The church’s unique composition offers opportunities—if we want them
“Why aren’t the young people stepping up?”
“Why aren’t the old people stepping down?”
“Those Boomers/Millennials/Gen Xers just don’t get it!”
In the past two years of pastoring and consulting congregations I’ve heard these comments and many more like them. Not coincidentally, they are the very same comments I hear from nonprofits and businesses while consulting to create and manage healthy workplace cultures.
Much has been made in recent years about a new reality in the modern workplace: four generations working side by side. Thanks to advances in medicine and extended longevity, people are now able to work longer and stronger. Coupled with a steady demand for workers, it is not uncommon to see a 50-year gap between workplace colleagues, and the challenges that go along with that gap in age and perspective. When frustrated, each can view the other as entitled, lazy, power-hungry, and clueless.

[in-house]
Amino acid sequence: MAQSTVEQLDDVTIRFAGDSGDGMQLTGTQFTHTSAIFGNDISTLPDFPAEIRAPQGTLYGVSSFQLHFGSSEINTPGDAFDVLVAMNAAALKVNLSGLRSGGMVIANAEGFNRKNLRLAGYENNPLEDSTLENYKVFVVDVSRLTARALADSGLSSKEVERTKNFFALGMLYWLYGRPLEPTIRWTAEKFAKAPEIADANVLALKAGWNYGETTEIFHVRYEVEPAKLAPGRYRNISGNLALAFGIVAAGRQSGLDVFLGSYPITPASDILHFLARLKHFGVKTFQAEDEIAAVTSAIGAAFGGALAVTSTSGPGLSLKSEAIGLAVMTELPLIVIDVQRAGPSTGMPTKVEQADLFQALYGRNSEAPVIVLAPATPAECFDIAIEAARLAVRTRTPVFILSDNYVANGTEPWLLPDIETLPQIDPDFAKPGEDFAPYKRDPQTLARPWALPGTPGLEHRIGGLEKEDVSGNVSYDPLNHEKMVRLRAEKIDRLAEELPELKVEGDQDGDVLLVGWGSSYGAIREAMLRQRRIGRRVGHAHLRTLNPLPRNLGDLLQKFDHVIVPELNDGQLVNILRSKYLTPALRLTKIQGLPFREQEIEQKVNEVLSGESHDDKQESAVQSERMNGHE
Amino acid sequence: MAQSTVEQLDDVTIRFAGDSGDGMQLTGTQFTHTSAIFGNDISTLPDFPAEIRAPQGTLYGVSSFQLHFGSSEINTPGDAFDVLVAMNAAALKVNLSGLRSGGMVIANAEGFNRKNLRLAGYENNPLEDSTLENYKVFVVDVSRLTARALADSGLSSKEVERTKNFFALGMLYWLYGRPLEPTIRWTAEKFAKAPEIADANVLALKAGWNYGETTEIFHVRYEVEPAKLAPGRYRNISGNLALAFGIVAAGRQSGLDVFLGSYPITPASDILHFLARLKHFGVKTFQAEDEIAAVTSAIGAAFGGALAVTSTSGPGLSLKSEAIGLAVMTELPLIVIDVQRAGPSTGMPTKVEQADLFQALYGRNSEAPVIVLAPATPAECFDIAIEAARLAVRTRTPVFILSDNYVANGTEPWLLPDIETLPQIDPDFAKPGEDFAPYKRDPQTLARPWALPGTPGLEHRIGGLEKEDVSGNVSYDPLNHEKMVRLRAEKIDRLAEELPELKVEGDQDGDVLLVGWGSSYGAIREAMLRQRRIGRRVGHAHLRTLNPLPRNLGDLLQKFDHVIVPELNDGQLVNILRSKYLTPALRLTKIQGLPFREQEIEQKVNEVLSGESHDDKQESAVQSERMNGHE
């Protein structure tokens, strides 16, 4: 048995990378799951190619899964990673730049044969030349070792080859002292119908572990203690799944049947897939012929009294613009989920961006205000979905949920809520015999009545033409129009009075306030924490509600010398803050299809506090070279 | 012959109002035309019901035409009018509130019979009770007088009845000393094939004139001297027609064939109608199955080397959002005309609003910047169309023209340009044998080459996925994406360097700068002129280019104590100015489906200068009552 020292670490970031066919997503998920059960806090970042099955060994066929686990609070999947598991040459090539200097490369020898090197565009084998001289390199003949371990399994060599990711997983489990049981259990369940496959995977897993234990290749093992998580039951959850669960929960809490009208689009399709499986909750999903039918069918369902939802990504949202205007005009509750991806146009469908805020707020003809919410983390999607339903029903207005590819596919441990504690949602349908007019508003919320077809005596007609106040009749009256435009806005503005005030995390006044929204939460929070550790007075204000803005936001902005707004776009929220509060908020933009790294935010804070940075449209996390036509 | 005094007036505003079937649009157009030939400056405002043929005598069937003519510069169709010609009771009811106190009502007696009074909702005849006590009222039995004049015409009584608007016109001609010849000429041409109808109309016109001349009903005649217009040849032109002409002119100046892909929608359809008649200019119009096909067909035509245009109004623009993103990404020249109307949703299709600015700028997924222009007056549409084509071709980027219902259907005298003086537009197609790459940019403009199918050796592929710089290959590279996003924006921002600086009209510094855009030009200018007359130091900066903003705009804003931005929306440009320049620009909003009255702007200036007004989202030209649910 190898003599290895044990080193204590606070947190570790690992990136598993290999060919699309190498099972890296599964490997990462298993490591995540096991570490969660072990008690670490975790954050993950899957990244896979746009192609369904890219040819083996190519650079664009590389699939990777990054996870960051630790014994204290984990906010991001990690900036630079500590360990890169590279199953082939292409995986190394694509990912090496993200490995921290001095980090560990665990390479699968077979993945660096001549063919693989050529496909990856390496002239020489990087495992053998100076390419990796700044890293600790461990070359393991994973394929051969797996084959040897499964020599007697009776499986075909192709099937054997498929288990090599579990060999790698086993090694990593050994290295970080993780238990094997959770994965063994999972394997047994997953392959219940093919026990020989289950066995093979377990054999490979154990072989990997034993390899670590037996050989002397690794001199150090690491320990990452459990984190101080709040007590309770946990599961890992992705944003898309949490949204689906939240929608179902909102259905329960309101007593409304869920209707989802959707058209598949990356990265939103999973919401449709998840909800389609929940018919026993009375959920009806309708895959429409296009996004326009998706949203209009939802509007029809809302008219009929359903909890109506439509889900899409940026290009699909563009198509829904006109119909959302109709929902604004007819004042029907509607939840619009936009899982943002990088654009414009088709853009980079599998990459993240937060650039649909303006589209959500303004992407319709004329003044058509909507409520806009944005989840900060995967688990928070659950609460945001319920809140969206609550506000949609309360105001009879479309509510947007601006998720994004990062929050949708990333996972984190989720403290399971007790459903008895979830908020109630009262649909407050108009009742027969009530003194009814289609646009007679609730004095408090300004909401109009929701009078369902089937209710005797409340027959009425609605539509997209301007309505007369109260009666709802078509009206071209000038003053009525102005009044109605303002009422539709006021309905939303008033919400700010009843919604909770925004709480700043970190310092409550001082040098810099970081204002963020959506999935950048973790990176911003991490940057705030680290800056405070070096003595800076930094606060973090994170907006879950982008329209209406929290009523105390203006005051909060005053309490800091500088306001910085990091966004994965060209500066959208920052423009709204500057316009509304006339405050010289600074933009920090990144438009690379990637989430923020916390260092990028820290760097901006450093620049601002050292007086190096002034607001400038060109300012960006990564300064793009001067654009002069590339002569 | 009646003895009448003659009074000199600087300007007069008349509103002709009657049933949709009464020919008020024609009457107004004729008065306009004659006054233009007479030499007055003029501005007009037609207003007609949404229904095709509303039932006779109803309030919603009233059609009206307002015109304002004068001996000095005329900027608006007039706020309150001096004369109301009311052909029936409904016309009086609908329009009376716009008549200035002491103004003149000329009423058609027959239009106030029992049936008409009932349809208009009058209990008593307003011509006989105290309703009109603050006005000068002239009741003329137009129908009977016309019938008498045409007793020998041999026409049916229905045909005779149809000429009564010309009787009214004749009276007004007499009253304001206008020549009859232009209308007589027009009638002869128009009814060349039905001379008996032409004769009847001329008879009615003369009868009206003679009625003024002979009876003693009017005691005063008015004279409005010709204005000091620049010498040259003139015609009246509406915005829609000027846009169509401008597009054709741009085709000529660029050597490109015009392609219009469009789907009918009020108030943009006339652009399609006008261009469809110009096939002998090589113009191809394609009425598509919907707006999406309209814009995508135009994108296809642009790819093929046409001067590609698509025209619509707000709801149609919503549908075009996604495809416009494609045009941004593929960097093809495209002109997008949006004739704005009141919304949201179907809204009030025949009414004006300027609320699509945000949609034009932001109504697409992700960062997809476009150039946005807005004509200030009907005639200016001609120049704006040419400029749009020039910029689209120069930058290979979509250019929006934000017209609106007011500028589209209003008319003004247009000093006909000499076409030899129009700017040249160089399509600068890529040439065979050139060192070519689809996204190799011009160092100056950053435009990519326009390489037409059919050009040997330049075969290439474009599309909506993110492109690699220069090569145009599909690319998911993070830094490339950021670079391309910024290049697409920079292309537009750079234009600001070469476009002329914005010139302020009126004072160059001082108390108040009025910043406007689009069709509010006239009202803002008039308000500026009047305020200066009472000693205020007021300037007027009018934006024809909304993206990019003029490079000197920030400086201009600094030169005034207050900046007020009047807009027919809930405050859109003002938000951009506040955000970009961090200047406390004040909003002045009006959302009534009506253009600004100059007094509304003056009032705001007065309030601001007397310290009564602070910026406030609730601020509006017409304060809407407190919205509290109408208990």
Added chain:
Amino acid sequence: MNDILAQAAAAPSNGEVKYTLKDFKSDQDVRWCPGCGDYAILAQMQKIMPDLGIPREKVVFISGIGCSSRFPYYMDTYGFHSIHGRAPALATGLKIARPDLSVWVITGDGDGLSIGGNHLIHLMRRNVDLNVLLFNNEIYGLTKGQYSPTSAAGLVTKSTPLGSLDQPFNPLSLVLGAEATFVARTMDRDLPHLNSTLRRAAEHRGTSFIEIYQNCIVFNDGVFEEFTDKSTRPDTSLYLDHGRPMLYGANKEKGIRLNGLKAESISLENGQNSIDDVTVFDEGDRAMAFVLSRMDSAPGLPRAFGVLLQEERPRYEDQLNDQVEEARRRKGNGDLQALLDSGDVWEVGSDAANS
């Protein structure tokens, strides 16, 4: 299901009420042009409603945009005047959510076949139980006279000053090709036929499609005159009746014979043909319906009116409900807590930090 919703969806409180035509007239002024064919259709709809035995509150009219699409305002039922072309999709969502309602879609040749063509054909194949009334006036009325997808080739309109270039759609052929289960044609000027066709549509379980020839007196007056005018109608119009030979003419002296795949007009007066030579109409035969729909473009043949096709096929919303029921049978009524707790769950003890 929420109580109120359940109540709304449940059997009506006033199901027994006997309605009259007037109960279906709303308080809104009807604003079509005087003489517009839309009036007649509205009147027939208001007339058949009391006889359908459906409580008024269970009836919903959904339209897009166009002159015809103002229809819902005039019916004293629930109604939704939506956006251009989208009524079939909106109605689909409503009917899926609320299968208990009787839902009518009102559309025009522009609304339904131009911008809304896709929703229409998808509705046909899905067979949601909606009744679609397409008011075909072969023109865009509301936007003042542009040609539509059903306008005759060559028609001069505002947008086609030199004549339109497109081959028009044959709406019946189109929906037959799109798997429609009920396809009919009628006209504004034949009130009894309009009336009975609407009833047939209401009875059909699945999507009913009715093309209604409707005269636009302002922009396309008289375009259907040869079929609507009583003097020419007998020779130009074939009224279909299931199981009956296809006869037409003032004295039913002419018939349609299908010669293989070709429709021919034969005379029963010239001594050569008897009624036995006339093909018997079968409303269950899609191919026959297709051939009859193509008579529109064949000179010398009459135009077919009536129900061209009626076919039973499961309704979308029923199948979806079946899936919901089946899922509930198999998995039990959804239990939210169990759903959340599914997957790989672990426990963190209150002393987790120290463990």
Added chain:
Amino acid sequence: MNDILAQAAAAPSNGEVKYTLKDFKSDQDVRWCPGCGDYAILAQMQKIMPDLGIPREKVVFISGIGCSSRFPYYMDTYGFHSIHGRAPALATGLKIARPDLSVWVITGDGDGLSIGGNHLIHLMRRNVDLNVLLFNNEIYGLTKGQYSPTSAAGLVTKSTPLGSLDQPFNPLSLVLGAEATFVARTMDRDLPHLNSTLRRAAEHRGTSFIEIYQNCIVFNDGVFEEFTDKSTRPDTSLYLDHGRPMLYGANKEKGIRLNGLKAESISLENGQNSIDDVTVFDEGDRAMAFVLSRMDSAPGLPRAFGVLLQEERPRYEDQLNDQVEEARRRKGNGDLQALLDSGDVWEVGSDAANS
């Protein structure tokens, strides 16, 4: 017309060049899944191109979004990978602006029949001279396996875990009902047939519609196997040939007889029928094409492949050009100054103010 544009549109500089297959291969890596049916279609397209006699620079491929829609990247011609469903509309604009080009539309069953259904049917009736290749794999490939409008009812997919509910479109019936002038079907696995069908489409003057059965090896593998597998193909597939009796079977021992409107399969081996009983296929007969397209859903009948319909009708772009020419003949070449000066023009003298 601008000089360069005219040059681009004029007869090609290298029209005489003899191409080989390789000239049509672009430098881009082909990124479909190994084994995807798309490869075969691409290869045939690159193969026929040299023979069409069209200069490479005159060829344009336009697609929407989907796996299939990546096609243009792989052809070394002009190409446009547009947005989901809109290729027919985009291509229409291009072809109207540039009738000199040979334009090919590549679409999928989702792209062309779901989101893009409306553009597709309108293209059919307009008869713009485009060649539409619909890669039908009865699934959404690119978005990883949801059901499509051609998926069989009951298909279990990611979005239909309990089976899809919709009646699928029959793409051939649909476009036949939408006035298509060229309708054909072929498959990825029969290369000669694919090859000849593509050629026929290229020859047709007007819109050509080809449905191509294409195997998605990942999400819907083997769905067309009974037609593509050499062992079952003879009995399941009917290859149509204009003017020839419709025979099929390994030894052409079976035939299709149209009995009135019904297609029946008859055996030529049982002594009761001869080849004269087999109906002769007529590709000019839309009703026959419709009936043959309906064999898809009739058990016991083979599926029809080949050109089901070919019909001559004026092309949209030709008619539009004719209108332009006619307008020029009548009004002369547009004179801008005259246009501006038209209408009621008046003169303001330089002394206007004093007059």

Congregations are not immune to these same dynamics—perhaps to an even great extent due to at least one more generational cohort added on the younger and older ends! Yet despite the multi-generational challenges congregations face, one cannot help but wonder if the church has something to share with other organizations. After all, from its early origins Christianity was designed as a body that welcomed and cared for all, regardless of age or status.
Download the full article “Generation to generation” (PDF) from the June issue of Messenger.
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Greg Davidson Laszakovits is a leadership coach and organizational development consultant, and sometime Church of the Brethren pastor. He lives in Elizabethtown, Pa., and can be reached at email@example.com.